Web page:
The BlackBerry Classic is an explicit appeal to nostalgia

BlackBerry officially launched the BlackBerry Classic at an event in New York’s financial district on Wednesday. It’s the first new BlackBerry device since 2011 to actually resemble what most people think of when they think “BlackBerry”: A QWERTY keyboard-equipped phone with physical navigation keys, including a touch trackpad.


Obviously, the BlackBerry Classic is a niche device — no matter how many celebrities claim they can’t live without theirs. BlackBerry spent a lot of time comparing the Classic to the Bold 9900, which came out in 2011. That’s the target audience for the Classic — companies that issue BlackBerries to their employees because of security reasons and are still hanging on to aging Bolds (running BlackBerry’s previous operating system.)

Because many people upgrading to the BlackBerry Classic are coming from years-old devices, the specs aren’t paramount, but they still pack a few nice upgrades. The Classic has a 720×720-pixel, 3.5-inch touchscreen and an 8 MP camera on the back. It will be able to tap into speedy LTE networks and it’s powered by a Qualcomm chip. The specs are generally inferior to those of the Blackberry Passport, the company’s new flagship device, which has an unusual square body.

In the United States, both AT&T and[company]Verizon[/company] have said they’ll carry the BlackBerry Classic, but the carriers haven’t offered details on when or how much it will cost. You can buy an unlocked BlackBerry Classic that works on [company]AT&T[/company]and [company]T-Mobile[/company] for $449 from BlackBerry World.

BlackBerry 10.3.1 is a pretty big upgrade from the operating system on the Bold 9900. It’s optimized for touch, has a modern browser, and, perhaps most importantly, it can run Android apps from the Amazon Appstore as well as native BlackBerry apps from BlackBerry World.

In the middle of the launch presentation, [company]BlackBerry[/company] discussed Brickbreaker, a game on the Classic that was notoriously pre-installed on all BlackBerrys during the company’s glory years. It was an appeal to former BlackBerry users who remember killing hours playing the Breakout clone, which takes advantage of the Classic’s new (and old) trackpad. But you don’t see Nokia or Microsoft talking about Snake when launching a new Lumia. Perhaps appealing to nostalgia is not the best way to get traction in the fast-moving mobile world.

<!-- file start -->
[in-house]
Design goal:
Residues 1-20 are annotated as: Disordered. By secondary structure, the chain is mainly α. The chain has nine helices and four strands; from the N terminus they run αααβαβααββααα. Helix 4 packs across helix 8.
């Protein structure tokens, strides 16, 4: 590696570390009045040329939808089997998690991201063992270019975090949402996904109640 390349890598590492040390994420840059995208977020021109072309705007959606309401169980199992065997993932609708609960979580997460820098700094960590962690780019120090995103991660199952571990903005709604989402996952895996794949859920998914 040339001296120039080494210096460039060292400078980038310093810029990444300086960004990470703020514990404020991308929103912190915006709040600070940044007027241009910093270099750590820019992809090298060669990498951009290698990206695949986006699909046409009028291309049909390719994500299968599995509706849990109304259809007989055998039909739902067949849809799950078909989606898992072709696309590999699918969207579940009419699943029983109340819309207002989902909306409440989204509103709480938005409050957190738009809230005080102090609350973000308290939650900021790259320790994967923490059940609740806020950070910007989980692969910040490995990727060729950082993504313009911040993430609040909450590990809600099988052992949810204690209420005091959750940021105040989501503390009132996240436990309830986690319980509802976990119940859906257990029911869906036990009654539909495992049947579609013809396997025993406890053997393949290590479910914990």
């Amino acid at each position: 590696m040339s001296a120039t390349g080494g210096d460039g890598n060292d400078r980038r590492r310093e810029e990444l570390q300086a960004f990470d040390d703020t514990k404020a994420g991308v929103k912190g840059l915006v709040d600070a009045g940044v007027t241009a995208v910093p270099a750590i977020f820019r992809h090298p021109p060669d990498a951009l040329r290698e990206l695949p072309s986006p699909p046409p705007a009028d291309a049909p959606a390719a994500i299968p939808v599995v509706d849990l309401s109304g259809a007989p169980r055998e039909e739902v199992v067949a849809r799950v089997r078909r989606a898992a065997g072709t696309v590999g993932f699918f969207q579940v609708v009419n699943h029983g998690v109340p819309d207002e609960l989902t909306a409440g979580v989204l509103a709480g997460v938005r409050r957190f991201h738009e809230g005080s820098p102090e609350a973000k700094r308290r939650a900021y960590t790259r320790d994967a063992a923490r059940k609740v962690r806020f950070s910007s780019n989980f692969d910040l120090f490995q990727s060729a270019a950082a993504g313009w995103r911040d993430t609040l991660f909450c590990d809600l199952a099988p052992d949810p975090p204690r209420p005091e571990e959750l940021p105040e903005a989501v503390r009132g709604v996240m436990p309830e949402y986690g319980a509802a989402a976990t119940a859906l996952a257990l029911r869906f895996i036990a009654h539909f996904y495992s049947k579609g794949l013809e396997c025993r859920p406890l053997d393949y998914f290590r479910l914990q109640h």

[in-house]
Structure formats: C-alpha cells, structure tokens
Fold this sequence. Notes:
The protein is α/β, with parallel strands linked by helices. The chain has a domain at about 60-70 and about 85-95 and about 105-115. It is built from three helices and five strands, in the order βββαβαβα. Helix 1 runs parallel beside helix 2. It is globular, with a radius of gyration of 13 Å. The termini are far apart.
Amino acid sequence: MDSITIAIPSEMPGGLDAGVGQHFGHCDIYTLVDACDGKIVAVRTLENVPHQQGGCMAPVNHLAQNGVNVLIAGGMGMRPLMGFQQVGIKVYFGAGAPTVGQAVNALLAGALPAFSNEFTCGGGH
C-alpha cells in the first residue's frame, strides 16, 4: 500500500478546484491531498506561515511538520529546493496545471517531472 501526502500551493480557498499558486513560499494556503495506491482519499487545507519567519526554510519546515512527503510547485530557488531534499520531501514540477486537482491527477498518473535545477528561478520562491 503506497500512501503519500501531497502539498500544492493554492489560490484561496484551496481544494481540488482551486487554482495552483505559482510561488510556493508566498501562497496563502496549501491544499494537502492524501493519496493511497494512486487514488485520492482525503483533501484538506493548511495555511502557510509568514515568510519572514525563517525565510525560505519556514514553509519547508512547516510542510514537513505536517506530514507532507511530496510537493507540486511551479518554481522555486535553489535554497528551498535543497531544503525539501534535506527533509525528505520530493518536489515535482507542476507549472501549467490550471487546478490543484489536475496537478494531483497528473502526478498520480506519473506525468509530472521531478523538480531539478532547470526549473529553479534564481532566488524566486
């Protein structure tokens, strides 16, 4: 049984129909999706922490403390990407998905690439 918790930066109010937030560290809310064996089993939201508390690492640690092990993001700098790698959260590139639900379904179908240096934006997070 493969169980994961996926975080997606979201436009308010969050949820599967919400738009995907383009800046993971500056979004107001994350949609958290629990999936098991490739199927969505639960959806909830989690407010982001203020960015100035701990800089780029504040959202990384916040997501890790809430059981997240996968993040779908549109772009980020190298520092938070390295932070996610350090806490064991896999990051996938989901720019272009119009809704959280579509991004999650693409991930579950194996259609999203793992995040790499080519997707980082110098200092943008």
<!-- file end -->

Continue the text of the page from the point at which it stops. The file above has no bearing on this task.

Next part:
More restructuring for Blackberry: QNX, Project Ion, and crypto software combined into new business unit

It’s been a year full of tumult for Blackberry since CEO John Chen took over the company last November, but there’s at least one more shake-up in store: Blackberry announced Monday that it is creating a new business unit consisting of its most promising technologies. The Blackberry Technology unit will house QNX, Blackberry’s embedded OS, Project Ion, its foray into the Internet of Things, its cryptography software, and 44,000 patents. It will be headed by former Sony-Ericsson CTO Sandeep Chennakeshu. The reorganization could be the first step to reopening talks to sell off parts of the business.

BlackBerry posts massive loss, new hires, good numbers on iOS and Android

The news from BlackBerry is coming so fast and furious it’s hard to keep abreast of it. It’s mostly looking like freefall.

In advance of the 3rd quarter results — and hinting at the news — Rick Costanzo, executive vice-president of global sales, and Chris Wormald, vice- president of strategic alliances, fled the company, presumably to avoid the knife. BlackBerry’s director of global public policy, Mark Cameron, has announced he is joining Hill + Knowlton Strategies Canada as a practice leader. These join Frank Boulben and Kristian Tear who were sacked following John Chen’s taking over as interim CEO in November (see Blackberry’s Chen is pushing hard to turn the company around).

Chen has tapped new talent to try to recover: John Sims will join BlackBerry as head of its global enterprise services business, leaving SAP where he serves as president of the company’s mobile services business. Chan also tapped two of his former colleagues from SAP and Sybase: James Mackey will become executive vice president for corporate development and strategic planning. He led corporate development at SAP where he worked with Chen. Mark Wilson was named senior vice president of marketing, after leading marketing at Avaya, after working for many years at Sybase.

And then this morning, the quarterly results. Ka-boom.

A massive $4.4 billion quarterly loss, largely as a result of a huge write-down of assets, inventory, supply commitments, and a previously announced restructing. Chen is trying to get as much of the mess behind him, all at once. But there is systemically bad news and good news in there too. First, 1.9 million handset sales were only 40% of revenues, down from 49% last quarter. However, the company announced that 40 million new users of BBM have signed up since the company released Android and iOS versions of the app.

The market responded to the news — and the fact that BlackBerry burned through $400 million in cash, less than expected, and still sits on $3.2 billion in reserves — by driving up the stock 3%.